In 1871, the prison buildings were repurposed for an industrial training school for girls and a separate reformatory for young women. That same year, the Vernon – a Nautical School Ship for homeless and orphaned boys – found a new home, moored off the northeast corner of the island.
To distance the island from the stigma attached to the former prison, it was renamed ‘Biloela’ – a North Queensland Aboriginal word for Cockatoo. Unfortunately, in the case of some of the island’s young wards, this exercise in rebranding did not reflect their reality.
The establishment of industrial schools and reformatories in NSW was deemed necessary due to problems associated with population growth in cities including poverty and overcrowding. Many men had left their families for the Victorian Gold Rush and the numbers of orphans and juvenile delinquents grew rapidly.
The Government dealt with this by establishing reformatories across the state, including the Newcastle Industrial School for Girls. The school at Newcastle was in an inconvenient location and became known for terrible conditions. Following frequent rioting, the girls were moved to a new institution at Cockatoo island in 1871.
When the institution was set up, it was split into two parts: the Biloela Public Industrial School for Girls and The Biloela Reformatory. The reformatory was for girls who had broken the law, and the industrial school was meant to be an orphanage. The reality was that the orphaned girls were housed with the petty criminals, leading to unpleasant situations in squalid conditions.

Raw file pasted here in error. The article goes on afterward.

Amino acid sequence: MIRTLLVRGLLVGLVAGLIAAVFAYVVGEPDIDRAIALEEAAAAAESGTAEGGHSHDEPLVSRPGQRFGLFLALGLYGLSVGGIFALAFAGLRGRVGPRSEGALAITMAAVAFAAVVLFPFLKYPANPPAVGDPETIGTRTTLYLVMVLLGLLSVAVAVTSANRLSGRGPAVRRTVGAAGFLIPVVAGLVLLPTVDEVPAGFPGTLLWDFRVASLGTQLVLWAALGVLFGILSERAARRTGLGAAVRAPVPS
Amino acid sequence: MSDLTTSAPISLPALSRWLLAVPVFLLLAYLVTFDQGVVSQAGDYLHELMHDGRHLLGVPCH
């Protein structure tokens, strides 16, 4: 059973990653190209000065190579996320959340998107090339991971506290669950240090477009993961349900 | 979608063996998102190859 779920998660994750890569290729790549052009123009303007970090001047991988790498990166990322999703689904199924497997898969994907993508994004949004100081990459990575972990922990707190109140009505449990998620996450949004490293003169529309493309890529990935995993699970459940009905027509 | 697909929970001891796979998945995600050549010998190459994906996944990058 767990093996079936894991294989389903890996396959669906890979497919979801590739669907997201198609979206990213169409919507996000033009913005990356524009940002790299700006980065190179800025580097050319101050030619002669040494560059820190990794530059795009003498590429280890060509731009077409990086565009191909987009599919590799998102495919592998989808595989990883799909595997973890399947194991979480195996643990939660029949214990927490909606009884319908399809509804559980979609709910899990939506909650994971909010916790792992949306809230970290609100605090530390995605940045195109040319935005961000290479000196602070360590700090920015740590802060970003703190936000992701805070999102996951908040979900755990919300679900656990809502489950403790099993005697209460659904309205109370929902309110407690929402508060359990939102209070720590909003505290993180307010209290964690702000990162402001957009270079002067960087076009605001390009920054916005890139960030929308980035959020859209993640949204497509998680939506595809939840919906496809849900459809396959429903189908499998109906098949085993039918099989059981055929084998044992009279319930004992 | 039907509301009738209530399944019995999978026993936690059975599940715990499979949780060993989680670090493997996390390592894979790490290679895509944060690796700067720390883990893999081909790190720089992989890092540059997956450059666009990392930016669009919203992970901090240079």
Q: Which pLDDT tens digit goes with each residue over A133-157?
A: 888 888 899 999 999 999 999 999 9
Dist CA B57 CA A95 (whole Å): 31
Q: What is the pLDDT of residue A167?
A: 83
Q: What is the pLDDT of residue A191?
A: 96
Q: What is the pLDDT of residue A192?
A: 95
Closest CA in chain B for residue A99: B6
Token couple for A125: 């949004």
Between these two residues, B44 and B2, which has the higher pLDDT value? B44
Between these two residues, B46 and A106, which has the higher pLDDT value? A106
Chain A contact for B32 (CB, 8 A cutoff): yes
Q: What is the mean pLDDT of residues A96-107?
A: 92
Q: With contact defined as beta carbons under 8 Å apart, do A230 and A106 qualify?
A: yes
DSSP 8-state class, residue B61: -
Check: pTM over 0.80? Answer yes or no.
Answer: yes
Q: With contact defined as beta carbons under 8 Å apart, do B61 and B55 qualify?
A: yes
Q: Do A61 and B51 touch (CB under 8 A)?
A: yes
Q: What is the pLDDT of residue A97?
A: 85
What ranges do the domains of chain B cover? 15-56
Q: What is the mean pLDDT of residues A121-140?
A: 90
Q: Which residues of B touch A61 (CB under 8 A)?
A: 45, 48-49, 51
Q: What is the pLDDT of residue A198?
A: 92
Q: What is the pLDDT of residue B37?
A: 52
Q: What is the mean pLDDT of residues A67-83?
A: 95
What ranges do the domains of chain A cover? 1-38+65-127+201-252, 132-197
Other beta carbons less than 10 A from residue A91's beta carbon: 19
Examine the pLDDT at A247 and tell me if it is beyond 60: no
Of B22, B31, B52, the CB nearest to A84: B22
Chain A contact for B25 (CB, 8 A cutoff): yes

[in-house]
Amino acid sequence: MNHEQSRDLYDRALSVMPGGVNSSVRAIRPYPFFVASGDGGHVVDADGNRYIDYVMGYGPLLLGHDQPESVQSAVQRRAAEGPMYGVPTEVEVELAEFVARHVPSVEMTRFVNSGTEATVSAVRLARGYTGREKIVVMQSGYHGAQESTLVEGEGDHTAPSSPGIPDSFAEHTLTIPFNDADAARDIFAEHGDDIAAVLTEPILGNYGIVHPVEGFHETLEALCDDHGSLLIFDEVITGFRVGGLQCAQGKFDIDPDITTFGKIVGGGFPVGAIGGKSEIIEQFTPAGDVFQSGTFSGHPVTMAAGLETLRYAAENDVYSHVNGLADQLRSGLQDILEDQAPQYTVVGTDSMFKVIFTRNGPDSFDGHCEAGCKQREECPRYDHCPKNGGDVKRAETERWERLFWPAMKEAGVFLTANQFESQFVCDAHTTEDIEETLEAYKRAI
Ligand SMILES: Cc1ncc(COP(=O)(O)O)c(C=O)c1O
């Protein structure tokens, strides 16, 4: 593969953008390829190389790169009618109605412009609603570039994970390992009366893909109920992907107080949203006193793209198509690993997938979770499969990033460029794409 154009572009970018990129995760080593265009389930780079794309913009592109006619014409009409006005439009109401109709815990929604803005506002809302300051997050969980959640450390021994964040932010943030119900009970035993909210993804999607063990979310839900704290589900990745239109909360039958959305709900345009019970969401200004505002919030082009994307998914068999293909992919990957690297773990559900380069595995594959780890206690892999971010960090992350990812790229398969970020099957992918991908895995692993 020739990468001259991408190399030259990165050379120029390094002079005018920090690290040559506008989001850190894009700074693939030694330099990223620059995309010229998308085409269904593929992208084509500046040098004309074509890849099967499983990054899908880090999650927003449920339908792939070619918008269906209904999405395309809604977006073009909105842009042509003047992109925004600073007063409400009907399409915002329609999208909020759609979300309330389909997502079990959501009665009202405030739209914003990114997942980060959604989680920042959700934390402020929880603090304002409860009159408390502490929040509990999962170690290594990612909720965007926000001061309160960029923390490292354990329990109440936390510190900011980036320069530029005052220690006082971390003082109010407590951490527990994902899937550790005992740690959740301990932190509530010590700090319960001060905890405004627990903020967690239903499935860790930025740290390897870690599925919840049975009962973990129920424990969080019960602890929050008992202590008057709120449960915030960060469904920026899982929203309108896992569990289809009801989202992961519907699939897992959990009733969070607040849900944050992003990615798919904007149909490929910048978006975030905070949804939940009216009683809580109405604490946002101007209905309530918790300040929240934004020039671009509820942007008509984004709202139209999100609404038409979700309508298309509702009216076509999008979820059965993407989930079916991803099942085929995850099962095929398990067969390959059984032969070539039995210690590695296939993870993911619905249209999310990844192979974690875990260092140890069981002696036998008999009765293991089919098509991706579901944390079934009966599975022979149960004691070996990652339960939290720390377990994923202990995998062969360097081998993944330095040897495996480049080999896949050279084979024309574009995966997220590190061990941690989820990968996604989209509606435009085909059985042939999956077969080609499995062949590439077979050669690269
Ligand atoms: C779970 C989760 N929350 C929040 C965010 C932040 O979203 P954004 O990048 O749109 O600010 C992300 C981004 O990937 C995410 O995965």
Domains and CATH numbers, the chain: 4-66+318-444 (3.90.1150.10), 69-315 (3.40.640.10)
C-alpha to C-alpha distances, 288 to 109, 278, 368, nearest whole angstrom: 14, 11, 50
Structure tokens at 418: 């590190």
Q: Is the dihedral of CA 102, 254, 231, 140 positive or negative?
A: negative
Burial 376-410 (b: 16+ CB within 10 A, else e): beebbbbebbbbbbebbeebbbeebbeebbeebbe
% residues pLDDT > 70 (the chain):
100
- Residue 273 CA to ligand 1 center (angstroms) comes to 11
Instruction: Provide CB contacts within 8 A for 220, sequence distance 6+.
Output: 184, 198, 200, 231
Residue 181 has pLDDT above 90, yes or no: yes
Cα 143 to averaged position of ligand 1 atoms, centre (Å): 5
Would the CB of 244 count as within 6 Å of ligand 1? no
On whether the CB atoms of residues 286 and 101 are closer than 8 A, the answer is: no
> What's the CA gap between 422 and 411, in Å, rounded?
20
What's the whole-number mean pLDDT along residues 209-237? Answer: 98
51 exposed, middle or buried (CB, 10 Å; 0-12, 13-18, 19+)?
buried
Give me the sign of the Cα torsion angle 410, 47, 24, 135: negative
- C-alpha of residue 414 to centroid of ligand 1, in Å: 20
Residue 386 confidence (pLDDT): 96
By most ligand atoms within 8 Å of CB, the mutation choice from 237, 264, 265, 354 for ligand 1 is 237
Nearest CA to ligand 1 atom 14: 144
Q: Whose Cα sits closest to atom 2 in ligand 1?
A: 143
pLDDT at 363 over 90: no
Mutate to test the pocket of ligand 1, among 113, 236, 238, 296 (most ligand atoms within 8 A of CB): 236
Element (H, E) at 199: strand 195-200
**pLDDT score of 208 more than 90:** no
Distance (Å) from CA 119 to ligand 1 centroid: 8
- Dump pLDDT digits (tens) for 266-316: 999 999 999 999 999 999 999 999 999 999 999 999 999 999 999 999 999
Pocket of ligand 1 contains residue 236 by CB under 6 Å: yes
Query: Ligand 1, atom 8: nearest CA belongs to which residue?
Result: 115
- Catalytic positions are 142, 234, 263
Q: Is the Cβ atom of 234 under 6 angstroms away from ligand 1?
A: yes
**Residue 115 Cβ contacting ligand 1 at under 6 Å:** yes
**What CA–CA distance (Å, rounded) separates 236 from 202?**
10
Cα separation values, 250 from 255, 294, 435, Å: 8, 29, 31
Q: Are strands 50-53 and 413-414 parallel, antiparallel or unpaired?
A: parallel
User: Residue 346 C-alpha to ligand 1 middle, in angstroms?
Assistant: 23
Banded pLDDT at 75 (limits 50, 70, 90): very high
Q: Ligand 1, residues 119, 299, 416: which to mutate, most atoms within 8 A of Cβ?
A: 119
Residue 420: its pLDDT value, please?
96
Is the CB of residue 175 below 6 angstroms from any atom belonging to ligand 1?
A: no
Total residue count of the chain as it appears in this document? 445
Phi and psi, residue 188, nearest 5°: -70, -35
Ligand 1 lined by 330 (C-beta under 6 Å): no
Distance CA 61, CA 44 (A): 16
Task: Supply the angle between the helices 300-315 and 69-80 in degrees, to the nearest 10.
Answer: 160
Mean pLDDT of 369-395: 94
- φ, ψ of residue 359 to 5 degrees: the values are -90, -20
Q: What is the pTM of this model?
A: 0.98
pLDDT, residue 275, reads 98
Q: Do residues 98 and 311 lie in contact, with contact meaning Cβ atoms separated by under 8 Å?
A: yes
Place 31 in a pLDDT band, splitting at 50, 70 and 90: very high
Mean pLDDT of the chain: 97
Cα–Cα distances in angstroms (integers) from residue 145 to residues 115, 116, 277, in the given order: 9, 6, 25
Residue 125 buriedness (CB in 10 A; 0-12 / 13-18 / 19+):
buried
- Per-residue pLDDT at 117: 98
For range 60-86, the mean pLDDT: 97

In 1871, a school ship for neglected boys, the Vernon, was docked off the island. The Vernon was an initiative of Henry Parkes, and its function was to teach the boys nautical skills.
The Reformatory and The Vernon operated simultaneously, but were vastly different. The Vernon was run by people who had faith in the idea of reform, but the girls’ reformatory was cruelly mismanaged.
The boys learnt nautical skills, shoe-making and general maths and English, whereas the girls did domestic labour and were often left for hours in their cells with nothing to do.
Other reports show that the girls lapped water from a common trough and were not given cutlery to eat with. Sometimes their beds were taken away as punishment and they slept on the cold floor. This inhumane treatment caused frequent unruliness and rioting, and despite high fences, there were reports of fraternising between the boys and the girls.
Eventually there was a public commission and an investigation took place on the Biloela Industrial School for Girls, the Biloela Reformatory for Girls and the Vernon. From 1880, the Reformatory and Industrial School was split, the girls from the industrial school went to Parramatta Girls Home, and those in the reformatory were sent to Shaftesbury Reform School at Watsons Bay.
The Vernon, on the other hand, stayed moored on the island until 1892 when it was replaced with a second school ship, the Sobraon. The Sobraon continued in the tradition of a school ship until 1911, when it was acquired by the Commonwealth and used by the Royal Navy as a training vessel.
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